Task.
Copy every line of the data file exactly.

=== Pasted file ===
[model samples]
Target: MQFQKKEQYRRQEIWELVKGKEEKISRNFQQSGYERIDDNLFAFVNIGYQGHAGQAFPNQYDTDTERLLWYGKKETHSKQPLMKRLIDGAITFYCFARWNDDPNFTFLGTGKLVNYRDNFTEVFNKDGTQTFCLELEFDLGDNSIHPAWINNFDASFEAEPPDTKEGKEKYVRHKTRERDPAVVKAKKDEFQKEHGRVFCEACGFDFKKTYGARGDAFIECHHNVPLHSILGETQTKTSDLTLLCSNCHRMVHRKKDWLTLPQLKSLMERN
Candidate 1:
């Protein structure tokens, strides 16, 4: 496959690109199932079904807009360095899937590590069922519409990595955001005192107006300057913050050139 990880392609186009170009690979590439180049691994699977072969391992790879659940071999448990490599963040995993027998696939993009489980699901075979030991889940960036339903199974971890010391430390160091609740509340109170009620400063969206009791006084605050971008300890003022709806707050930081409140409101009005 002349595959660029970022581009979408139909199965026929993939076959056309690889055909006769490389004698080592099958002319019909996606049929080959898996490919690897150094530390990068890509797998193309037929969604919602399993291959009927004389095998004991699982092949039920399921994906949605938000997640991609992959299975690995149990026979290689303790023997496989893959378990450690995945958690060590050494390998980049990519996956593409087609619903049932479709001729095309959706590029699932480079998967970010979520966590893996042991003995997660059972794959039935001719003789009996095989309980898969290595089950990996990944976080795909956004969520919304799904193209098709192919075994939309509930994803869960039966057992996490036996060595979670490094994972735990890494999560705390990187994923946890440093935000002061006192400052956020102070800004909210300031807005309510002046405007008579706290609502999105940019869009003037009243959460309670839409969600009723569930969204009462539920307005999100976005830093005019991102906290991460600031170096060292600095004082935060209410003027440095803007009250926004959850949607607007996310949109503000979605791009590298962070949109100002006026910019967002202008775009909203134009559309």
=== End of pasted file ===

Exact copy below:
[model samples]
Target: MQFQKKEQYRRQEIWELVKGKEEKISRNFQQSGYERIDDNLFAFVNIGYQGHAGQAFPNQYDTDTERLLWYGKKETHSKQPLMKRLIDGAITFYCFARWNDDPNFTFLGTGKLVNYRDNFTEVFNKDGTQTFCLELEFDLGDNSIHPAWINNFDASFEAEPPDTKEGKEKYVRHKTRERDPAVVKAKKDEFQKEHGRVFCEACGFDFKKTYGARGDAFIECHHNVPLHSILGETQTKTSDLTLLCSNCHRMVHRKKDWLTLPQLKSLMERN
Candidate 1:
């Protein structure tokens, strides 16, 4: 496959690109199932079904807009360095899937590590069922519409990595955001005192107006300057913050050139 990880392609186009170009690979590439180049691994699977072969391992790879659940071999448990490599963040995993027998696939993009489980699901075979030991889940960036339903199974971890010391430390160091609740509340109170009620400063969206009791006084605050971008300890003022709806707050930081409140409101009005 002349595959660029970022581009979408139909199965026929993939076959056309690889055909006769490389004698080592099958002319019909996606049929080959898996490919690897150094530390990068890509797998193309037929969604919602399993291959009927004389095998004991699982092949039920399921994906949605938000997640991609992959299975690995149990026979290689303790023997496989893959378990450690995945958690060590050494390998980049990519996956593409087609619903049932479709001729095309959706590029699932480079998967970010979520966590893996042991003995997660059972794959039935001719003789009996095989309980898969290595089950990996990944976080795909956004969520919304799904193209098709192919075994939309509930994803869960039966057992996490036996060595979670490094994972735990890494999560705390990187994923946890440093935000002061006192400052956020102070800004909210300031807005309510002046405007008579706290609502999105940019869009003037009243959460309670839409969600009723569930969204009462539920307005999100976005830093005019991102906290991460600031170096060292600095004082935060209410003027440095803007009250926004959850949607607007996310949109503000979605791009590298962070949109100002006026910019967002202008775009909203134009559309």